Walt Disney’s “Wonderful World of Color” has exploded into so many hues that it takes an earnings call to remind us of the full spectrum of its expanding universe. Yesterday’s chat discussing fourth-quarter and full-year earnings for fiscal 2013 with CEO Robert Iger & Co. is a case in point.
“Disney ended its fiscal year in blockbuster style on Thursday, reporting solid growth in fourth-quarter profit, unveiling a substantial Netflix deal and savoring a stock price that has climbed 35% over the last 12 months,” Brook Barnes reports in the New York Times. “Its challenge now is to keep the momentum going.”
That, of course, has been the challenge since “Steamboat Willie” first pulled out of port in the Twenties with a Bronx cheer (1:11) at the prevailing behemoths of the day. Here’s how it intends to do that going forward after reporting “net income of $1.54B, +11.0% vs. the period last year, on revenue of $11.57B, +7.3%,” as Deadline Hollywood’s Davis Lieberman relates.
“Disney's earnings release came just hours after the company made a splash with video delivery service Netflix Inc., announcing a long-term agreement for several new live-action series based on Marvel Entertainment comic book characters,” reports Daniel Miller in the Los Angeles Times. Starting in 2015, “characters Daredevil, Jessica Jones, Iron Fist and Luke Cage will get their own shows. Each will receive a 13-episode story arc, to be followed by a miniseries based on Marvel's ‘The Defenders’ franchise.”
On the disappointing side, Iger said that “Star Wars: Episode VII” — “the first new film in the science-fiction saga since [Disney] agreed to acquire Lucasfilm for $4 billion last year” — was being pushed back to December 2015 to “allow the creative team the time to make a great film,” the Wall Street Journal’s Ben Fritz reports.
It was originally scheduled for Summer 2015 but, points out Fritz, a few months’ “delay is significant as it pushes ‘Episode VII’ into Disney's fiscal 2016 and its release isn't only expected to generate massive box-office revenue, but a number of toys and other merchandise.”
“Disney's Interactive unit turned around in the quarter, earning $16 million after losing $76 million a year ago, partially on sales of its new Disney Infinity console game,” reports Reuters’ Lisa Richwine. “The company has sold more than 1 million Infinity starter packs.”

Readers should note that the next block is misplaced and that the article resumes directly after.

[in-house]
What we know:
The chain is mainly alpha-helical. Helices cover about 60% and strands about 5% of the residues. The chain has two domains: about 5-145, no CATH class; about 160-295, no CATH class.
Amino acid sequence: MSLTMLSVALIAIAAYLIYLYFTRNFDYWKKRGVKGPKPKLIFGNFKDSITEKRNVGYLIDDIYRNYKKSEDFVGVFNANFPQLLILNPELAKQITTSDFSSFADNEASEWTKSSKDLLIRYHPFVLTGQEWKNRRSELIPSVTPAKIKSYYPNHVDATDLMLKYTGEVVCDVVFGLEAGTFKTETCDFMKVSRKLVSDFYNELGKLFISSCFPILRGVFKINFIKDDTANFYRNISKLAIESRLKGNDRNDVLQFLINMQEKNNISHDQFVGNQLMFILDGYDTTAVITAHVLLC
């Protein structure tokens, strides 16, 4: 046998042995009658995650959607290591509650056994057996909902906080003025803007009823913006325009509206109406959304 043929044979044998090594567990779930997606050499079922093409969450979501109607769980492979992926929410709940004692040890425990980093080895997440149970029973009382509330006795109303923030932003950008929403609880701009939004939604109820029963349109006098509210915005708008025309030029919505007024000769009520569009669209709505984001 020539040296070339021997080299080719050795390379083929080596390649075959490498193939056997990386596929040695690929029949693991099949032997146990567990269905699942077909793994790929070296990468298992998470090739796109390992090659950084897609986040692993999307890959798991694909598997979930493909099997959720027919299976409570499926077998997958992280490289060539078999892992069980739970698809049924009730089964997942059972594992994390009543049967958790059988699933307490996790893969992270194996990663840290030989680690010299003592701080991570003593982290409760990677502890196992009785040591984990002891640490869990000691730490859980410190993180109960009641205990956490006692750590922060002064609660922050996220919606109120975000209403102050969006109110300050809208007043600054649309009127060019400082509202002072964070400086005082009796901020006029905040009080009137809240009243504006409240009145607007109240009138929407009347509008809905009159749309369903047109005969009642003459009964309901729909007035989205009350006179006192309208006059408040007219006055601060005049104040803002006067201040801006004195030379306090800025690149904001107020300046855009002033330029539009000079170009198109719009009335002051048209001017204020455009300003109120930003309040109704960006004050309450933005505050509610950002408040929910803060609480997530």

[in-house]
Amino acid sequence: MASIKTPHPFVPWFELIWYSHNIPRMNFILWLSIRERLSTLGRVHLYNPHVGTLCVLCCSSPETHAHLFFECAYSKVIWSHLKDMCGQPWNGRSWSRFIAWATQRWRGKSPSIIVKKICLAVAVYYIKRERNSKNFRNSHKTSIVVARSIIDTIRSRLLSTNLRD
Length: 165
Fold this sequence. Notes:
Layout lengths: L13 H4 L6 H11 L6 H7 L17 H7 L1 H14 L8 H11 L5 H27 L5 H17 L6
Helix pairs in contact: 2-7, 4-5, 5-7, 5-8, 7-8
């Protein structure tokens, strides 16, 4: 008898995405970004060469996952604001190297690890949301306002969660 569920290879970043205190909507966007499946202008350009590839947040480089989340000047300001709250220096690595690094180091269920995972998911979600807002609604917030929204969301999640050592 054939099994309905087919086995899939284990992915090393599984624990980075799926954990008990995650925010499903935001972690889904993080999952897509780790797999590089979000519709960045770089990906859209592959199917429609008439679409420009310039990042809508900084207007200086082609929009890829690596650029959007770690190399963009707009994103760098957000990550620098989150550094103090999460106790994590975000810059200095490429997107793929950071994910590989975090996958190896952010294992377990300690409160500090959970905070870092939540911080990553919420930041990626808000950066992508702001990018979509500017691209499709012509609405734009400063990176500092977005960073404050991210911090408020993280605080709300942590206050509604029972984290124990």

“ESPN is still the company's rising star, as its sports programs are eagerly sought by pay-TV providers and can extract higher ad rates,” writesUSA Today’s Roger Yu, even though higher costs and an accounting adjustment drove down operating income lower for the year.
And let’s not forget theme parks, which “again are making billions of dollars in profits, thanks to charging visitors more than ever for tickets, food, hotel rooms, and merchandise, as Robert Niles posts on the Theme Park Insider. “Operating profit for the company’s parks division, which includes Disney Cruise Line, increased 15%, to $571 million,” reports the NYT’s Barnes.
Disney’s first mainland China theme park, Shanghai Disneyland — “the centerpiece of its Shanghai Disney Resort which is targeted to open in Pudong at the end of 2015 — is on schedule and it announced “it will open “the world’s largest Disney Store” nearby, Deadline London’s Nancy Tartaglione reported last month.
Disney has always adapted. Look at the credit roll for a “Wonderful World of Color” episode that aired in the Sixties. It was shot on Eastman Kodak film and aired on NBC, which it switched to from ABC because it was first network to advance past black-and-white programming.
And Disney usually gets its way, in the spirit of ol’ Walt.
Just consider “Saving Mr. Banks,” which opens in theaters “everywhere” on Dec. 20, and kicked off AFI Fest in Los Angeles last night. “The Disney film … chronicles the two arduous weeks Walt Disney (Tom Hanks) and his creative team spent convincing unenthused English author P.L. Travers (Emma Thompson) to relinquish rights to her novel Mary Poppins in 1961,” writesUSA Today’s Andrea Mandell.
“Mary Poppins” is No. 25 on Box Office Mojo’s list of All Time Domestic Grosses Adjusted for Ticket Inflation, a 50th Anniversary Blu-ray version will hit the stores in time for Christmas, the musical adaptation is still faring well on Broadway seven years into a revival and now Walt Disney Studios is not only poised to make money on a movie about how Walt Disney made money but is also burnishing its creative image in Lalaland.
“Walt Disney acts in a very un-Disney way. He slugs back Scotch. He uses a mild curse word. He wheezes because he smokes too much,” the New York Times’ Barnes wrote in a fascinated look at the making of the film a few weeks ago. He went on to point out that “its existence says something big about Disney: despite its well-earned reputation for aggressively managing its image, it can get out of the way and let filmmakers lead.”
Right after Iger, who clearly clears the path.